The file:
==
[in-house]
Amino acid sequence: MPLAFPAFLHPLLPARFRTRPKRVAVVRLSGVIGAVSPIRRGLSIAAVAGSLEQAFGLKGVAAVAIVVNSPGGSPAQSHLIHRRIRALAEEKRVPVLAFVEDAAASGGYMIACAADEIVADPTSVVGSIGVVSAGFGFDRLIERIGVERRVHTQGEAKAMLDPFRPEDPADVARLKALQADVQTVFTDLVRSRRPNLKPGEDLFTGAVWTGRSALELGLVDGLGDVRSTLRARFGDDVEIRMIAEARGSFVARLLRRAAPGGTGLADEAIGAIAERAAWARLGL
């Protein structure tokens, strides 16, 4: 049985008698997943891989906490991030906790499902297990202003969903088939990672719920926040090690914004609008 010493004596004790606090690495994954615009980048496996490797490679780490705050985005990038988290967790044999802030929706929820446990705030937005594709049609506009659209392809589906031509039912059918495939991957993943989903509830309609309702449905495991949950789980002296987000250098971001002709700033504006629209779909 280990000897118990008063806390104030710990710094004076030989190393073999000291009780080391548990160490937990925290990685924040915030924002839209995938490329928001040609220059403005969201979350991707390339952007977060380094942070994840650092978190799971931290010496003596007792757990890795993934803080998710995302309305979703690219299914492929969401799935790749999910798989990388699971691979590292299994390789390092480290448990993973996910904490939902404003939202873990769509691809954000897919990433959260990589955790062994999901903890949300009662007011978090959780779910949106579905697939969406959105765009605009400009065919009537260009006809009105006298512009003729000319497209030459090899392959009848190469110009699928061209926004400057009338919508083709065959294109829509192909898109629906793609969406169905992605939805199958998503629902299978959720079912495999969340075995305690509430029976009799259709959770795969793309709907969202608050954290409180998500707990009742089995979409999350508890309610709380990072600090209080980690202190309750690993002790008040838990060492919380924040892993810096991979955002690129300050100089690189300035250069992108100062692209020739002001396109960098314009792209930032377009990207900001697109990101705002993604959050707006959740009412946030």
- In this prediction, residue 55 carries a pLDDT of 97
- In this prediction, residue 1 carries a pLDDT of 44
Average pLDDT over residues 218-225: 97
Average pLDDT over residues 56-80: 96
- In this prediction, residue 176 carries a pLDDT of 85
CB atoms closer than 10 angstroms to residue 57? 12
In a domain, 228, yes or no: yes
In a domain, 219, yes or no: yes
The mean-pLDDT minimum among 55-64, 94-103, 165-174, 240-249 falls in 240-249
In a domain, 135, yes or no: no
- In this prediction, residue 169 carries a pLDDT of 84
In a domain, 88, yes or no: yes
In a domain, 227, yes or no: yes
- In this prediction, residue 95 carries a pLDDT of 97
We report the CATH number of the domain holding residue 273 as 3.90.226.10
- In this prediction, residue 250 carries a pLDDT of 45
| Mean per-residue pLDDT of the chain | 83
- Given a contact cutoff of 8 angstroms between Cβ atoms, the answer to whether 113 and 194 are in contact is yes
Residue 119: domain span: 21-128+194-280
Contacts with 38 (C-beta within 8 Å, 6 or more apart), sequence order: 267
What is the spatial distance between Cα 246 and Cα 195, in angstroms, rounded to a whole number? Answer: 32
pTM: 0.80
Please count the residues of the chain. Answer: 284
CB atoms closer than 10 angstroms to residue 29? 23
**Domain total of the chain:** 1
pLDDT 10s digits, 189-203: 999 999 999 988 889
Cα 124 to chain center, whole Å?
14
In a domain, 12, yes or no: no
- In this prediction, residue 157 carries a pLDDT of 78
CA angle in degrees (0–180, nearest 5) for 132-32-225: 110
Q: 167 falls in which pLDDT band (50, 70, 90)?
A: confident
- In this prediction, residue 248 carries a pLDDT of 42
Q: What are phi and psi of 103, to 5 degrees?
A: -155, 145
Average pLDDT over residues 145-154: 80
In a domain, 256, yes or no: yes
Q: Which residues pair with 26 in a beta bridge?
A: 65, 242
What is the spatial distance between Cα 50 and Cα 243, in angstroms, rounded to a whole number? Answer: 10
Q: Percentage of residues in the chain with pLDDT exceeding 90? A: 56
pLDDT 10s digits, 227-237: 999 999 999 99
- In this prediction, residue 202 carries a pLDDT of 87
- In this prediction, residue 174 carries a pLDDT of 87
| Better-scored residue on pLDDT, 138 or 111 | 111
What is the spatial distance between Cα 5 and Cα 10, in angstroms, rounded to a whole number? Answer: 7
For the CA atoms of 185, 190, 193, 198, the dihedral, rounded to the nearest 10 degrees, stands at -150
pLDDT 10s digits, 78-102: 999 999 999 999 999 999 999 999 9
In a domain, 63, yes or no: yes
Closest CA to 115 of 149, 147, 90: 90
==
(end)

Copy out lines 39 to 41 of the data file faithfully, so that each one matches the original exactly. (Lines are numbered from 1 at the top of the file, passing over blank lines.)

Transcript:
A: -155, 145
Average pLDDT over residues 145-154: 80
In a domain, 256, yes or no: yes